I do not like identity politics. Instead, I like multiple belongings. I am an Istanbulite and I carry the city in my soul. But I am also attached to the Balkans, the Aegean, the Mediterranean, the Middle East… I am a European by birth and choice. I have become a Londoner over the years and a British citizen. And despite what Theresa May has been saying, I am a citizen of the world, a citizen of humanity and a global soul.
We can be citizens of the world, that doesn’t mean we don’t have attachments. It means we have multiple attachments. It doesn’t mean we don’t care about any place. It means we care about many places and cultures and we care about humanity.
For you, Istanbul is “a metropolis made of memories, myths and messianic longings”. How has the city shaped your consciousness?
I always think of Istanbul as a She-city. It makes me sad that today when you walk around, many parts of the city belong to men, especially after dark. Streets, public squares, teahouses, coffee-houses… I want women and minorities to reclaim the urban space. I want people to remember that this city always had a feminine core, a feminine spirit. In Ottoman times, all the poets depicted Istanbul as a strong woman.
In Byzantium times, before that, Istanbul was always associated with goddesses and female spirits. So, there is a part of me that wants to bring back that female energy into the urban space and the urban narrative.
In the last decade, you have been a witness to Turkey slipping backwards. And, of late, authoritarianism and populism have been the order of the day across the globe. Do writers and artists of the world have a greater responsibility in dark times?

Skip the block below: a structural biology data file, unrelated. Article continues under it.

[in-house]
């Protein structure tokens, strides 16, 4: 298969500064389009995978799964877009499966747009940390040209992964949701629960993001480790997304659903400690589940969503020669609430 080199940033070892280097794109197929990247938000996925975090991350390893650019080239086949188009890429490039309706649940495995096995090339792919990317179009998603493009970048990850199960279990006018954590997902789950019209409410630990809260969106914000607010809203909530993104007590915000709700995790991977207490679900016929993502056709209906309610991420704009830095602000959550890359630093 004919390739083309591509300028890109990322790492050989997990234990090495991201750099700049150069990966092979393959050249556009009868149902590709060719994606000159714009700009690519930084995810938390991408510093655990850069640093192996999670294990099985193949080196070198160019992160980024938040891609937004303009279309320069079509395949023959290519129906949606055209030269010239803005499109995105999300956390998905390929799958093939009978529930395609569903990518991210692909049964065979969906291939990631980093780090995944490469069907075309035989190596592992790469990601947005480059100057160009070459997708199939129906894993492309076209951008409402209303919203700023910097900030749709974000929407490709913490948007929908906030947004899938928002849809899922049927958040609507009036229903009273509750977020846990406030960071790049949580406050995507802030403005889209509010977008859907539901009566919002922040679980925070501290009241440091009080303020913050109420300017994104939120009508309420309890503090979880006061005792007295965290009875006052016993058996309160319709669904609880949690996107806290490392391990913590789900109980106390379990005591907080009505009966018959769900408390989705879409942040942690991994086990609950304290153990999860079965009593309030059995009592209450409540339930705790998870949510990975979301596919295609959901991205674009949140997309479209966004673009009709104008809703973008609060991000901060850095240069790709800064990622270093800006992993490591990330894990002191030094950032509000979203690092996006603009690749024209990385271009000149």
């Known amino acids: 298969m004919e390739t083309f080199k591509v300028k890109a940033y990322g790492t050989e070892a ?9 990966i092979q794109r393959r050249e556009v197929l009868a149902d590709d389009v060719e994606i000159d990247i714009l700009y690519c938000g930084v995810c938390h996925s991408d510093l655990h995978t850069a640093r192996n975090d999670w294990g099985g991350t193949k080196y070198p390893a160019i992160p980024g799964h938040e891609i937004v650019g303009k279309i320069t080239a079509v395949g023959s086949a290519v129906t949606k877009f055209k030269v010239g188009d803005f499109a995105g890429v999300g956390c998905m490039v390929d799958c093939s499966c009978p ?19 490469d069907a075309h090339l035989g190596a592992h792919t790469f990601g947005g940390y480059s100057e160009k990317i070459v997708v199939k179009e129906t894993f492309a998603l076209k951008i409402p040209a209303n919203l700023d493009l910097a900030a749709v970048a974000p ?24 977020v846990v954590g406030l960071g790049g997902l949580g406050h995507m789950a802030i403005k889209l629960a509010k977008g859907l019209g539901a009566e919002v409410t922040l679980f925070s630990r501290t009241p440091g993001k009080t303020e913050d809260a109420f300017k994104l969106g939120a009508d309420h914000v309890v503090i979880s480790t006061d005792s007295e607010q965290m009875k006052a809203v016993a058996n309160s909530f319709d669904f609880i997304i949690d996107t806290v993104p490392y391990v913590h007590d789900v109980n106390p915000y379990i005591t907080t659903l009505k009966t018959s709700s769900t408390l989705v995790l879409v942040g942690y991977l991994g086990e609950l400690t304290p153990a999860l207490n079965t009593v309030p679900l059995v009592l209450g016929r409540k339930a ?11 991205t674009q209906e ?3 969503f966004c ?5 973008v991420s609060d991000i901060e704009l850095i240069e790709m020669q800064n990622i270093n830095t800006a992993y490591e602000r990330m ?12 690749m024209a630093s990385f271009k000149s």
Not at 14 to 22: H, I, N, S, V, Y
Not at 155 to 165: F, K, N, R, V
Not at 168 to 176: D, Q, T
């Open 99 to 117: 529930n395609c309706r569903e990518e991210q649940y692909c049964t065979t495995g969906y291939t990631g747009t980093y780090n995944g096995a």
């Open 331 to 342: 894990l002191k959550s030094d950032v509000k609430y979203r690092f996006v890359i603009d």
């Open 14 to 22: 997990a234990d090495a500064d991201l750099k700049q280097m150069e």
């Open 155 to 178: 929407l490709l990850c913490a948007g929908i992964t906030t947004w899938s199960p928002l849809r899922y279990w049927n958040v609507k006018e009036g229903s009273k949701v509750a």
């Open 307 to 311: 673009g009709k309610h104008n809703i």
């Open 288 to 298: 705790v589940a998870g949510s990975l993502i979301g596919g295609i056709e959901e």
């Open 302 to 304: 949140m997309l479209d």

Today, all across the world, we are seeing a decline in liberal democratic values. We see an increase in ultra-nationalism, isolationism, tribalism, religious fundamentalism. All of this, I find very worrying. We have entered an age in which none of us can be disconnected.
We must be engaged citizens. This is an important time for global sisterhood and global solidarity. As writers coming from wounded democracies, like Turkey, Nigeria, Egypt, Brazil, Venezuela… — the list is so long — we don’t have the luxury of being non-political. We don’t have the luxury of saying, “well, I only want to talk about my own fiction” when there is so much injustice and inequality happening outside the window. We must speak up.
You have described storytelling to be an ‘‘antidote to the madness of our times.” What does the act of writing mean to you? In what ways do you see it in congruence with your other roles as a feminist or an activist?
Particularly, the novel is the antidote of the madness of our times. We live in a fast-moving world where everything is consumed and put aside. The novel requires us to slow down and think. We are always in the company of other people, in collective identities. But when we read a novel we are alone. It is the loneliest form of art. The writer s lonely while she or he is writing.
The reader is also lonely while she or he is reading. Those pockets of loneliness are good, constructive because we travel within. We go into an inner space, an inner garden. I sincerely believe each and every one of use must cultivate an inner garden where we can retreat from time to time and contemplate. Literature restores out individuality — not in a selfish way, but in a way that helps us to connect with the rest of the humanity. Literature shows us that there is no “Other.” In fact, “the Other” is my brother, my sister…. The Other is me.
How should writers and artists respond to the threat from populist demagogues?
There was a time when, especially in the West, an extreme optimism was the dominant mood. Especially, tech-optimism. People from Silicon Valley would tell us how digital technologies were going to bring democracy to every corner of the world. They thought Facebook would bring democracy to the Middle East. But digital technologies and social media are a bit like the moon. There is a bright side to it, for sure.
But there is also a dark side. We must be aware of the dark side of digital technologies. Today, we have entered the age of pessimism, anxiety, anger, fear and resentment. There is a sense of frustration. Artists and writers speak the language of empathy and humanism.
Not apathy and tribalism. We need to be more engaged. At a time when truth is under attack and democracy is threatened, fiction writers — and all of us — have an obligation to get out of our comfort zones and connect across borders.